Conditions Alone Will Not Overcome Threats to Consumer Choice, Job Loss and Competition
Washington, D.C. – Exactly one month ago, AT&T Inc. (AT&T) boldly announced its plan to take over T-Mobile USA, Inc. (T-Mobile). As part of its bid to leap ahead of Verizon Wireless and reclaim the title of the country’s largest mobile wireless service provider, AT&T wants to completely eliminate T-Mobile, a fierce competitor, industry innovator and most notably one of the last providers of nationwide mobile wireless service. Immediately after the announcement, the Rural Telecommunications Group, Inc. (RTG) issued a press release stating, in part, that “
After carefully reviewing a post-merger AT&T and the impact that the increased spectrum holdings of such an already enormous entity would have on the mobile wireless marketplace, RTG has concluded that no merger-specific conditions would be sufficient to balance out the harms resulting from the proposed acquisition. RTG intends to petition the Federal Communications Commission (FCC) to deny the merger and implores the Department of Justice and Federal Trade Commission to vigorously review and investigate the antitrust and anticompetitive implications of the proposed transaction.
Should the acquisition proceed, numerous negative consequences will occur:
- Consumers Harmed. The loss of T-Mobile as an independent mobile wireless provider will decrease the number of market entrants nationwide in all markets, urban and rural, and further reduce consumer choice. Fewer choices inevitably results in higher prices. Rural consumers will be especially harmed because they have historically received lower pricing on roaming services from T-Mobile when they travel to urban areas. AT&T’s charges to other carriers to allow those carriers’ customers to roam on AT&T are significantly higher than the charges levied by T-Mobile for the same roaming services.
- Jobs Lost. Part of the cost-savings that AT&T will enjoy post-merger will come from the elimination of numerous sales, customer care, engineering and other technical positions across the country. Mergers and job cuts go hand-in-hand. With over 37,000 T-Mobile jobs at stake and an unemployment rate still hovering at 8.8%, a consolidation of this size will delay the nation’s economic recovery and is not in the public interest.
- Innovation Crushed. Were T-Mobile to vanish, AT&T and Verizon together would control just shy of 80% of the mobile wireless marketplace. AT&T alone will control 43% of the marketplace. This dominant position will give AT&T the ability to control application development for mobile devices as well as the development of mobile devices and network equipment specifications. AT&T can then dictate which manufacturing, service and software companies will survive and which ones will die. The prospects for innovation, choice and diversity in the network equipment, mobile device, mobile O/S, and mobile applications development industries require numerous carriers that can provide the necessary volume to drive innovation. This transaction cannot deliver that to the American consumer.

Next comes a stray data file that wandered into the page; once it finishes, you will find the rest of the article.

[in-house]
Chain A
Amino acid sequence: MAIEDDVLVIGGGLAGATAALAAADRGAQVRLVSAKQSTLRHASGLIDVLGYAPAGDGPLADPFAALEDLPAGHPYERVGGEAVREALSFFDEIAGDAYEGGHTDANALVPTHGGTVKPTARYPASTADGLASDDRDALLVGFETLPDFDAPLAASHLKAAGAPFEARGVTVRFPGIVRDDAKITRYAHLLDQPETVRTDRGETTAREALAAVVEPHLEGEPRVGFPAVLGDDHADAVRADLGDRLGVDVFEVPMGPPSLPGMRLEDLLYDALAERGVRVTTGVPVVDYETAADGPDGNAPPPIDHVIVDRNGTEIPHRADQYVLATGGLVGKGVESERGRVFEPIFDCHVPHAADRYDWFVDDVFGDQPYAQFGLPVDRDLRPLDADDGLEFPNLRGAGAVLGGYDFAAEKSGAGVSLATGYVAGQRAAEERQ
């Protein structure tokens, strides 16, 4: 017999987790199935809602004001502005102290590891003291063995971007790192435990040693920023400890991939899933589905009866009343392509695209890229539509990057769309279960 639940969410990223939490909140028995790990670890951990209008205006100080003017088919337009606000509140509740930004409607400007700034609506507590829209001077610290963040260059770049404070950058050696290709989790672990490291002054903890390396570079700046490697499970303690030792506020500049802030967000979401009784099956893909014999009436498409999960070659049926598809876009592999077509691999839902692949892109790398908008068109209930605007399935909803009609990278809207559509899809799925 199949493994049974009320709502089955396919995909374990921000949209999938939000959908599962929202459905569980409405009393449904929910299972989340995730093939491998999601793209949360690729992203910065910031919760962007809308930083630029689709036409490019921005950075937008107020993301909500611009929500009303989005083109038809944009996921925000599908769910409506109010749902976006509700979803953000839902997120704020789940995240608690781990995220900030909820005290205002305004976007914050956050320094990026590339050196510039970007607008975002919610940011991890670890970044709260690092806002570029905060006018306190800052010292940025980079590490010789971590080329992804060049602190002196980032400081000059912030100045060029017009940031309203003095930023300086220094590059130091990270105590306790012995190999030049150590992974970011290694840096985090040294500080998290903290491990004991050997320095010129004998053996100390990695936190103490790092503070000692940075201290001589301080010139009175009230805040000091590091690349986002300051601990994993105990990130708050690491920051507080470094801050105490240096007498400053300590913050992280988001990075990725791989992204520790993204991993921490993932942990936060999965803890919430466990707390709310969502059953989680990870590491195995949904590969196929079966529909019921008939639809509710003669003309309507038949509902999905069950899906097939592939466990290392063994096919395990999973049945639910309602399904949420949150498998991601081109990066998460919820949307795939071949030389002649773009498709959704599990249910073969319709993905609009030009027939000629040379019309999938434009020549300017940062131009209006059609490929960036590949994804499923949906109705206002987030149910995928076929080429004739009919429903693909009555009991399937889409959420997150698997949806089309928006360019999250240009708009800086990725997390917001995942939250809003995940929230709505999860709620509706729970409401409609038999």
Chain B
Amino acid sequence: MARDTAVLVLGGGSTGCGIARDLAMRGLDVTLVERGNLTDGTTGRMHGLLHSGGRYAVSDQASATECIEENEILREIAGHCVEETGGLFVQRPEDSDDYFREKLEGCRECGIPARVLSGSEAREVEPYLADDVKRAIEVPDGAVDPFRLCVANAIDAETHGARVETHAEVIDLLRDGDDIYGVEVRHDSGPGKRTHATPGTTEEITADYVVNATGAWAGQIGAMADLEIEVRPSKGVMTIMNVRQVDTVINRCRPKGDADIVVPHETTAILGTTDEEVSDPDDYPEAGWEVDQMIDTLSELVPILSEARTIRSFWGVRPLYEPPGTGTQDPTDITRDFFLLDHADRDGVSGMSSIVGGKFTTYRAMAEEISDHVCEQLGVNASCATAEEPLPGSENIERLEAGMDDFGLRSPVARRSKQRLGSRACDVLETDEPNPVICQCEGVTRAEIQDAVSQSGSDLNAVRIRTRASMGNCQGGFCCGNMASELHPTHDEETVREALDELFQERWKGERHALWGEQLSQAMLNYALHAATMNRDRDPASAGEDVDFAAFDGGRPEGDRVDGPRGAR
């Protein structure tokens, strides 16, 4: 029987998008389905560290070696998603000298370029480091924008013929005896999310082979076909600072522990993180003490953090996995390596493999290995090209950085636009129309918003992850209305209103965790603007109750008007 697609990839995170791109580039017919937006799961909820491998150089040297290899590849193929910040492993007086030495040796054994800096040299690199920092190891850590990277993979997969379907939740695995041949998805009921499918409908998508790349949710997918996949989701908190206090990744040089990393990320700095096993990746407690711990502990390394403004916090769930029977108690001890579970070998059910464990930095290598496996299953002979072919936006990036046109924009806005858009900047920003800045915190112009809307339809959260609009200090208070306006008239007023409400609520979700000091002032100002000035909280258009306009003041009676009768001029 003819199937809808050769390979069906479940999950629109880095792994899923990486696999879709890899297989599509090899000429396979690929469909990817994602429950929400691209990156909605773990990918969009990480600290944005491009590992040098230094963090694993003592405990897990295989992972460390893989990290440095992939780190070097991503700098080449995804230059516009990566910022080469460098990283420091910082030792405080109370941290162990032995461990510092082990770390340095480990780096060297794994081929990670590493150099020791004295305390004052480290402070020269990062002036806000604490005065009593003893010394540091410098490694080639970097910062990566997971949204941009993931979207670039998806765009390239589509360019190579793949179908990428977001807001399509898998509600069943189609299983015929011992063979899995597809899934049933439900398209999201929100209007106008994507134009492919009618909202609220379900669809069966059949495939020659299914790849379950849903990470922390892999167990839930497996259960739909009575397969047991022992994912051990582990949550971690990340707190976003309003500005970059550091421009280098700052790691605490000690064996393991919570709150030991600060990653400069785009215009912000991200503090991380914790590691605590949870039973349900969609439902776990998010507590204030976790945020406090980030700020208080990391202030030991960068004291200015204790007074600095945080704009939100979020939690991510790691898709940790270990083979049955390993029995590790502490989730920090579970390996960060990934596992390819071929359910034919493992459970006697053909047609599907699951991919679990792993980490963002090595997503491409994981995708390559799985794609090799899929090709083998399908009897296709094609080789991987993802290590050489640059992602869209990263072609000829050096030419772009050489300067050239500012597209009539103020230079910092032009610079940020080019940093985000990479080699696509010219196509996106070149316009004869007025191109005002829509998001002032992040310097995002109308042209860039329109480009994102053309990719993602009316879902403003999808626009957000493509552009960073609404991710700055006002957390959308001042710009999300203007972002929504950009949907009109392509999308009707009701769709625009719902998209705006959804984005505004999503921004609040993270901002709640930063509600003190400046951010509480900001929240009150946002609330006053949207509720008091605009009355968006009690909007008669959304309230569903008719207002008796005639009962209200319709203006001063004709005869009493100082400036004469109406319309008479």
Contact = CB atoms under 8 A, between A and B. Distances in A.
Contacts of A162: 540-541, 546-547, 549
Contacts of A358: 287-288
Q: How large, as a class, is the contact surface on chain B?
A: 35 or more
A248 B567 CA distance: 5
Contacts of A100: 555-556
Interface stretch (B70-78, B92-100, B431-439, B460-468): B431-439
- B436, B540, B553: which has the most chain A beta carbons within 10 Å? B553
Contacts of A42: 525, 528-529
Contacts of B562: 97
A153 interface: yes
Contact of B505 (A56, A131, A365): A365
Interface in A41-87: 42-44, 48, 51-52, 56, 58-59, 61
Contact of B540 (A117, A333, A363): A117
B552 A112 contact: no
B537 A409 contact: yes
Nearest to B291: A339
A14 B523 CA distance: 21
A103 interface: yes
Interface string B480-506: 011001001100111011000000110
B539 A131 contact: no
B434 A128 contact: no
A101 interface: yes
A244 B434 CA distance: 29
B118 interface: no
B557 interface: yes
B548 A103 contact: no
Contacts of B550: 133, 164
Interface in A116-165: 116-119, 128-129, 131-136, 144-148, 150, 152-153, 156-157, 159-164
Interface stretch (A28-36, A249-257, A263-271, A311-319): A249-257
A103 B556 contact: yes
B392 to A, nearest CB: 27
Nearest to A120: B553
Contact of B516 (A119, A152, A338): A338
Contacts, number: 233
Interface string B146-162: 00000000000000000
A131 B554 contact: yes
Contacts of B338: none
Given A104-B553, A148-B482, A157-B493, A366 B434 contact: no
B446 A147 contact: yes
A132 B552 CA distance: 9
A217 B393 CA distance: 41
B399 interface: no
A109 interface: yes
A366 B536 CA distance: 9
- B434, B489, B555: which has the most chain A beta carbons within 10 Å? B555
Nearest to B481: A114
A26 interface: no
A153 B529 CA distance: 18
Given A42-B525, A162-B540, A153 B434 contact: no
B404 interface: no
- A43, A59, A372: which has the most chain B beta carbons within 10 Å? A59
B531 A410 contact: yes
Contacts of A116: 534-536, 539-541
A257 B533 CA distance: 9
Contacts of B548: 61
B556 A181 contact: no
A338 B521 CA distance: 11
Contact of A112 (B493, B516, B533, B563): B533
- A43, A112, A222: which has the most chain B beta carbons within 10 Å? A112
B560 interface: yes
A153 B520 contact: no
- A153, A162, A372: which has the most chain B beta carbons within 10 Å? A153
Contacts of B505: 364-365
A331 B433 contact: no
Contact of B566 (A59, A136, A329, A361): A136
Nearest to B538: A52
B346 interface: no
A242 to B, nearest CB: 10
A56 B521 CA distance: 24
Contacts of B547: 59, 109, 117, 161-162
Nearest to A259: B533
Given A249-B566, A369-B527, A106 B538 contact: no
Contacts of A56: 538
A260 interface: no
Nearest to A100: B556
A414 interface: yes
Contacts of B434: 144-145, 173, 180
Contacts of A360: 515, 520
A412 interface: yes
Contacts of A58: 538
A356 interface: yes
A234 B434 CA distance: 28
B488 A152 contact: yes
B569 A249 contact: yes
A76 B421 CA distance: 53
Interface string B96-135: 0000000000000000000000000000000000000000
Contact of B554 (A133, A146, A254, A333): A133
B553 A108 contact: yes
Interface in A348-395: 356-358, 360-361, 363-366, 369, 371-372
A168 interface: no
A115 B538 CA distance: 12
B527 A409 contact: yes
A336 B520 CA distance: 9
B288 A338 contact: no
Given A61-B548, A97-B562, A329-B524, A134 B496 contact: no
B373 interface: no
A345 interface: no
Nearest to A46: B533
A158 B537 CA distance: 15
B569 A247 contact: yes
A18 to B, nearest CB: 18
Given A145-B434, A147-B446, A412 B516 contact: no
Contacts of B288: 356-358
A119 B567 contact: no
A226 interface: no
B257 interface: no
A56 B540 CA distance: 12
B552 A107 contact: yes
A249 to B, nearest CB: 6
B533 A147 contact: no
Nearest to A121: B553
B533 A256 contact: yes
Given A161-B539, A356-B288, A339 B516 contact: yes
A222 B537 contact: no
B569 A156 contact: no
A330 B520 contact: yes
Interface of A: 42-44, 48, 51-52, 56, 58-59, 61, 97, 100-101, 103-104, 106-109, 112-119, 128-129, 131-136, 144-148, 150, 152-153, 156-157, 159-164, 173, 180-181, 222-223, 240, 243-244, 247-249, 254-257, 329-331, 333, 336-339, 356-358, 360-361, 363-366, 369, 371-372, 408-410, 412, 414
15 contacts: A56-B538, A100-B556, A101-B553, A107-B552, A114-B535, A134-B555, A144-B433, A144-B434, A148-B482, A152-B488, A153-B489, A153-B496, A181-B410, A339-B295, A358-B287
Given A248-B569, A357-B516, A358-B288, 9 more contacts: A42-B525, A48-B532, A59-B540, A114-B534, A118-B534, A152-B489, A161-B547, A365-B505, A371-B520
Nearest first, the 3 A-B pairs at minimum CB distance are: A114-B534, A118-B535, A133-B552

For over half a decade, AT&T has spared no expense in blocking attempts to:
- re-impose a spectrum cap;
- prohibit exclusivity agreements between device manufacturers and carriers;
- promote device interoperability across the entirety of the 700 MHz band – the future of 4G services; and most importantly
- impose data roaming regulations.
Competing rural wireless carriers have sought to implement these pro-consumer and pro-competition initiatives to level the playing field and have been repeatedly attacked by AT&T so that it can use its current dominant market power to crush competition. “Allowing AT&T to further increase its already existing dominant market power is just a non-starter,” stated Carri Bennet, RTG’s General Counsel.
The simple truth is that past anti-competitive behavior by AT&T is highly indicative of future anticompetitive conduct. To protect American consumers and the recovery of the country’s economy, the federal government cannot afford to let AT&T get bigger while leaving consumers with fewer choices for mobile wireless products and services. “AT&T’s self-serving proclamations that this transaction is in the public interest are not supported by any concrete evidence and must not be taken at face value,” Bennet cautioned. “Our country’s wireless future is at stake and a full evidentiary hearing is a must. RTG is certain that when the full facts emerge, the public, DOJ, the FCC, the FTC and Congress will recognize that allowing AT&T to grow at the expense of T-Mobile’s elimination will irreparably harm consumers and what little competition remains in the mobile wireless sector,” she added.
About RTG – Headquartered in Washington, DC, the Rural Telecommunications Group, Inc. (RTG) is a trade association representing rural wireless carriers who each serve less than 100,000 subscribers. RTG’s members have joined together to speed delivery of new, efficient and innovative telecommunications technologies to remote and underserved communities. ruraltelecomgroup.org @RTGwireless
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